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Thunder, Thunder, Thunder, Thundercat!!

October 9th, 2015 | by Mark Duah
Thunder, Thunder, Thunder, Thundercat!!


For anyone who grew up in the 80’s and had even the slightest affinity for Saturday morning cartoons, the name Thundercats, would bring about memories of the ultimate fight between good and evil as Lion-O the leader and lord of the Thundercats, battles the chief villain and antagonist of the ThunderCats, the demon-priest Mumm-Ra!! Despite the rudimentary animation, the show was a hit to a group of 10-year-old boys.



Today, in the music world, the name Thundercat, brings about even a greater sense of greatness and wonder, as his work has proven to have a powerful impact on some of hip hop’s most critical acclaimed artist.  Los Angeles based multi-genre bass player, producer, guitarist, keyboardist and singer, Stephen Bruner, better known as Thundercat, musical talent was exceptional at even age.  By the time he was 15, he had already found himself becoming a minor hit in Germany as a member of the boy band, No Curfew.  Within a year of leaving the boy band, Thundercat, joined his brother Ronald Jr. as a member of the Los Angeles metal band Suicidal Tendencies, which amassed a dedicated North American following.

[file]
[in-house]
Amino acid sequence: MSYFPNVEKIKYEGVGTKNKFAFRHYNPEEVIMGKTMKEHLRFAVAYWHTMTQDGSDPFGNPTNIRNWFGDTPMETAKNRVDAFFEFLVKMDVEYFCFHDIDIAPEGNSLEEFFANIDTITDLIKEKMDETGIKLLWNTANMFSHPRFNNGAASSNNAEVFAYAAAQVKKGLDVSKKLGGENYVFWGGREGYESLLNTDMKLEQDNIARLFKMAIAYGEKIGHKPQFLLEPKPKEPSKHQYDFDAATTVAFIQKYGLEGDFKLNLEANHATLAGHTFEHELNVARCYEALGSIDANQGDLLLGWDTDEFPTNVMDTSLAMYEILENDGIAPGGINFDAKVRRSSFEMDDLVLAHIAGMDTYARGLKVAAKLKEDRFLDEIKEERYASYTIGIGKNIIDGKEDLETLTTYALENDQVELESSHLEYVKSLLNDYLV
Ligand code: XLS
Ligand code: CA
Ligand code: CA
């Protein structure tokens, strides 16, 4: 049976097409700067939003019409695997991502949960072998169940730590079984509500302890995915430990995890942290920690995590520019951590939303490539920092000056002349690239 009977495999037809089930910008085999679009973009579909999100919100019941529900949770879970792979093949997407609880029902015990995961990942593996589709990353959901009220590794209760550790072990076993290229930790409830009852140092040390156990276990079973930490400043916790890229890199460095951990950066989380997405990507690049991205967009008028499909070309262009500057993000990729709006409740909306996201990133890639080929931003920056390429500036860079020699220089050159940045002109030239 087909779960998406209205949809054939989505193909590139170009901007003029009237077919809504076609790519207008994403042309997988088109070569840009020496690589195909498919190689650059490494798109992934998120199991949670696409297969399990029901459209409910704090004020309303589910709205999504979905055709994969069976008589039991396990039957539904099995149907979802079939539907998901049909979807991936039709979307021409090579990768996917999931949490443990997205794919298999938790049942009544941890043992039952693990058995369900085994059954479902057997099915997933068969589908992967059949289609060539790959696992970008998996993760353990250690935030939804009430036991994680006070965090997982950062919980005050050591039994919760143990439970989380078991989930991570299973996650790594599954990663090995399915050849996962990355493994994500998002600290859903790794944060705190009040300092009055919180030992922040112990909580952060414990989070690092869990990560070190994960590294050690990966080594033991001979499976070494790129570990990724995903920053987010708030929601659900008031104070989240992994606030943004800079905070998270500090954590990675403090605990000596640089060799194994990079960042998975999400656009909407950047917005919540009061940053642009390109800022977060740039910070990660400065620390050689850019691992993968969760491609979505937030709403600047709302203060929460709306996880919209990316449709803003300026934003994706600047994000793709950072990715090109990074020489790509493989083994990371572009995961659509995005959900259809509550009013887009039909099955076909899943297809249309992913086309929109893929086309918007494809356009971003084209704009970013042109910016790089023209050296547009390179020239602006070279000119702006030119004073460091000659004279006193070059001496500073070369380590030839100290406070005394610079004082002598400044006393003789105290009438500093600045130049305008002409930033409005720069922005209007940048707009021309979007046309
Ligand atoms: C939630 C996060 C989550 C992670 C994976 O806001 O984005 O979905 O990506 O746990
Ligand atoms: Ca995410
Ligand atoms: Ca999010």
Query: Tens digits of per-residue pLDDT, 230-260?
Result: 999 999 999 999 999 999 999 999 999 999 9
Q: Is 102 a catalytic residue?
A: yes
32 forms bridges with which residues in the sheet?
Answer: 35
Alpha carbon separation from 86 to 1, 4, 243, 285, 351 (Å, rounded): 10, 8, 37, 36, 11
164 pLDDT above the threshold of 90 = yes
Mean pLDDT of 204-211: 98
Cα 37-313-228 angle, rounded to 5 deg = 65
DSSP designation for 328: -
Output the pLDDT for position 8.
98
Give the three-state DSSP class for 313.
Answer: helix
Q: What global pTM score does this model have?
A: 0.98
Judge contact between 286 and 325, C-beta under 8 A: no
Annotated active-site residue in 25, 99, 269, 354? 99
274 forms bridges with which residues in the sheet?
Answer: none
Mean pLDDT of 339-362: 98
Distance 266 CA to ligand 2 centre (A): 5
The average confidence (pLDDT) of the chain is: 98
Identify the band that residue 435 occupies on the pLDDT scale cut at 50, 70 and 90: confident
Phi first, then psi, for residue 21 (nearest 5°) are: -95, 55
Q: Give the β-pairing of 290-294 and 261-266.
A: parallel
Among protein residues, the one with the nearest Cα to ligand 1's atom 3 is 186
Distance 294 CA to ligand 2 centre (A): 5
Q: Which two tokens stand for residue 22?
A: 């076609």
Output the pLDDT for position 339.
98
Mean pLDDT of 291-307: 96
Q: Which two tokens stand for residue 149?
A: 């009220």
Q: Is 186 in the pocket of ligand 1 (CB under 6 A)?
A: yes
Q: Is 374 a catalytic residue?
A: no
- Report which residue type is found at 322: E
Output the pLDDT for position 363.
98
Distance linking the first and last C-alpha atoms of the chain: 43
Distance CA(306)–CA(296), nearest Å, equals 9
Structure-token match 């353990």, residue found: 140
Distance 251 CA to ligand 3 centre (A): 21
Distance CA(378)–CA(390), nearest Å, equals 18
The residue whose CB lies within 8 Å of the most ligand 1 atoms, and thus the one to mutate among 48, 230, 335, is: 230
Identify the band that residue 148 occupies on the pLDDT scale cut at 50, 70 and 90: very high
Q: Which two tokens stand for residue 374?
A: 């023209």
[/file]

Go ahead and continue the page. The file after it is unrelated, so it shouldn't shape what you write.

In addition to playing bass with Suicidal Tendencies, Thundercat, also filled his time as a session musician, and quickly gained notoriety, with his work on Erykah Badu’s, New Amerykah (2008) and Flying Lotus’ Cosmogramma (2010), Until the Quiet Comes (2012) and You’re Dead! (2014).  Thundercat also released two solo albums in the course of his work with other artist, The Golden Age of Apocalypse (2011) and Apocalypse (2013).




Last year, the talents of Thundercat was put on the grand stage as he was described as being major contributor to and “at the creative epicenter” of Kendrick Lamar’s critically acclaimed album To Pimp a Butterfly.  Since the release of the album, Thundercat has been showcased as a talent to be both seen and heard, and his latest EP titled  “The Beyond / Where the Giants Roam”  has often been referred to as a “spellbinding, 16-minute, six-track sequence”.





Thundercat is not and artist to be slept on, and I encourage you to make the most out of your Friday and get in the know.





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